English Bites!

engbites1English Bites! are practical, bite-sized tips to help stimulate your interest in and improve your business English. Published twice a week, the articles include useful and informative advice covering many aspects of workplace English including grammar, vocabulary, writing, speaking as well as fun topics. It will take you just a few minutes to read and digest each tip. The important thing about learning any language is that you spend a little time each day learning and polishing what you already know. You can subscribe to English Bites! from the Newsletters link above. Once you've done that, you'll receive notifications of all new tips by email.

Questions to Dr English 1

17 Jan 2021

questionsCould you explain the difference between ‘lend’ and ‘loan’?

Loan me your hat was just as correct everywhere as lend me your ears until the British made lend the preferred verb, relegating loan to the thing being lent. However, as in so many cases, Americans kept the older pattern, which in its turn has influenced modern British usage so that those insisting that loan can only be a noun are now in the minority.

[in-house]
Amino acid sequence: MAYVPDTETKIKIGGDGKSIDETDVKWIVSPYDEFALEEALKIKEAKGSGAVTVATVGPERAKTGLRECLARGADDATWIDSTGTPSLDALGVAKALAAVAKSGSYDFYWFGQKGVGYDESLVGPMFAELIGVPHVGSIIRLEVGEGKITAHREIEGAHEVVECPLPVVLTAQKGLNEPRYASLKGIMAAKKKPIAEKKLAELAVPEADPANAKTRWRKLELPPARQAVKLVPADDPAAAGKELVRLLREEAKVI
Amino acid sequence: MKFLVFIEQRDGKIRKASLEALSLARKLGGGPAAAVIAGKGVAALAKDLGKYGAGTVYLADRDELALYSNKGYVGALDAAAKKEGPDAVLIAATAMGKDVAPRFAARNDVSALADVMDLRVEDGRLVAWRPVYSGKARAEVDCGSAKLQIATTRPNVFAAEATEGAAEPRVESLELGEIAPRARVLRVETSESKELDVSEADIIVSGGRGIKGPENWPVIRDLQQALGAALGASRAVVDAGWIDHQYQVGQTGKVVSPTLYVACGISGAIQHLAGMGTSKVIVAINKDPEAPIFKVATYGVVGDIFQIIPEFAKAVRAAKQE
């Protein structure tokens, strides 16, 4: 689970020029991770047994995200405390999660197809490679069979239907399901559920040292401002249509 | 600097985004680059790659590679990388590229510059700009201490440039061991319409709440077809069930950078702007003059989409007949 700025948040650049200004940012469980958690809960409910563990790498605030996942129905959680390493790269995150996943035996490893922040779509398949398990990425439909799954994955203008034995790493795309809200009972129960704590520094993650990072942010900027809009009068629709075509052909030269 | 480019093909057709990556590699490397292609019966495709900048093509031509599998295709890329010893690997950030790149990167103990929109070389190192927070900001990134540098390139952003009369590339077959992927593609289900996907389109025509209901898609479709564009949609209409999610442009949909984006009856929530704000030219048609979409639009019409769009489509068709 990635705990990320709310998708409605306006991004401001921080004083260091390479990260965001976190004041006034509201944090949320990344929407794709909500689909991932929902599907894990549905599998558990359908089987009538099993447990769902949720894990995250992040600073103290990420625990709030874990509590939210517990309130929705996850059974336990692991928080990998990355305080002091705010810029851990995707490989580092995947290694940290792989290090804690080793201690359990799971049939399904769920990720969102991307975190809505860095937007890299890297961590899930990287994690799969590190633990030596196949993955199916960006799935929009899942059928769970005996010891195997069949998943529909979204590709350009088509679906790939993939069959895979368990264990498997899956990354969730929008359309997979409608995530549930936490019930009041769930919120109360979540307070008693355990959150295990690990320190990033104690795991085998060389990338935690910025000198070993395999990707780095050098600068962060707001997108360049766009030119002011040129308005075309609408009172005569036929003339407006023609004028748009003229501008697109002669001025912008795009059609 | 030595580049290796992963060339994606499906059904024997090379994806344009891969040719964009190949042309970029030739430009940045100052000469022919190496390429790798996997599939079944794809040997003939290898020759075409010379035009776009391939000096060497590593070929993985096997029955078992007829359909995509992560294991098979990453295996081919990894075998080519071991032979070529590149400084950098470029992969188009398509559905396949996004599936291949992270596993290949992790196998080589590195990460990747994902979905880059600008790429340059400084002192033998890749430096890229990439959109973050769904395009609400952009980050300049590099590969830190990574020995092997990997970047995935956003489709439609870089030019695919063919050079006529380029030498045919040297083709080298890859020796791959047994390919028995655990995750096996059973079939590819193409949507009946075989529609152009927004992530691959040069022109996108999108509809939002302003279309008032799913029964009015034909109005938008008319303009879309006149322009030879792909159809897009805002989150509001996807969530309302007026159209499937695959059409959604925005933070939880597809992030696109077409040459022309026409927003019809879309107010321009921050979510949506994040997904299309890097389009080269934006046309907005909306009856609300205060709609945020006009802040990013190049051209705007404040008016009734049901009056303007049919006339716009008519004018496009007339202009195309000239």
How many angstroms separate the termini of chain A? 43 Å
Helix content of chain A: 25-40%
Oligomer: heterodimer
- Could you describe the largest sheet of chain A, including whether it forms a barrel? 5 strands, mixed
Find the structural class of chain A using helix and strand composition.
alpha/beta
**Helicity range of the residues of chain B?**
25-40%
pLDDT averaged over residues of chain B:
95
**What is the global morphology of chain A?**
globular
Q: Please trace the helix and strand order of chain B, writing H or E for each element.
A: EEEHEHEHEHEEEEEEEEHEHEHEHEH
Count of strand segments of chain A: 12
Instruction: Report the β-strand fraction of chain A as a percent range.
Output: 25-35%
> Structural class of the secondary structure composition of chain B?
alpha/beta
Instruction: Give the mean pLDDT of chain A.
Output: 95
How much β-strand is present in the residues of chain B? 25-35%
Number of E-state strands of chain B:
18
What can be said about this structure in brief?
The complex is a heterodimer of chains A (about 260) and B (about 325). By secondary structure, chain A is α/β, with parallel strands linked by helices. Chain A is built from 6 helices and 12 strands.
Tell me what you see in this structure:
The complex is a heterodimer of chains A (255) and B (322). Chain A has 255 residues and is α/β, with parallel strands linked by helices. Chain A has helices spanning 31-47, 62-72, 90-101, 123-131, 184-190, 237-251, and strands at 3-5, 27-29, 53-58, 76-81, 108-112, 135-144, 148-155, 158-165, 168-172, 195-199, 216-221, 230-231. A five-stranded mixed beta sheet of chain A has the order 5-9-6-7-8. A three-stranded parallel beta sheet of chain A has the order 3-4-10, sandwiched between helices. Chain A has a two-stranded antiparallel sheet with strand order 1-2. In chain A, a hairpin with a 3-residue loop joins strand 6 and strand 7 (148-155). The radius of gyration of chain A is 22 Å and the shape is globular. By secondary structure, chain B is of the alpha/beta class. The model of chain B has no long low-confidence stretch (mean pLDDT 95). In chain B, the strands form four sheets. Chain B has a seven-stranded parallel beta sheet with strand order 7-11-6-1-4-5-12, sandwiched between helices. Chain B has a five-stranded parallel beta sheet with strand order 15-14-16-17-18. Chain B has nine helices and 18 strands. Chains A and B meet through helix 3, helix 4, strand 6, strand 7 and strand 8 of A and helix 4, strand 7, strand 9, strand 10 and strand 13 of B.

Can you suggest any other common responses to “Thank you” other than “You’re welcome”?

You’re welcome is certainly rather overused these days. Here are a few alternatives: Not at all (common in British English); Don’t mention it; It’s nothing; and It’s my pleasure.

 

Could you tell me whether I should spell numbers?

Most style manuals agree with this simple rule: Spell all one-digit numbers (one to nine), and use numerals for any number having two or more digits.

There are some exceptions, but they’re logical and simple. Use numerals for all numbers in dates and street addresses, and for numbering consecutive items (such as paragraph numbers), no matter how high or low.

Also, use numerals for all numbers in a sentence if it contains both kinds (209 applicants for 5 jobs). The idea here is to be consistent within any sentence to avoid confusing readers.

 

Should I put a capital letter after a colon?

No, in most cases. Yes, when the passage that follows is a full sentence and is longer than just a few words. For example: We cannot recruit any additional staff at the moment for one reason: our budget has been used up. And: The committee must find solutions to three problems: poor visibility, damage to equipment, and irregular transportation schedules.

But: One fact about American cars should not go unnoticed: They are designed for transportation needs in a country larger than all of Europe.

 

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Using Action Verbs in Business Writing (Part 1)

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Common Errors in Business Documents 2

Interesting Facts about English

Verb + Preposition Combinations

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Common Errors in Business Documents 1

Business Greetings

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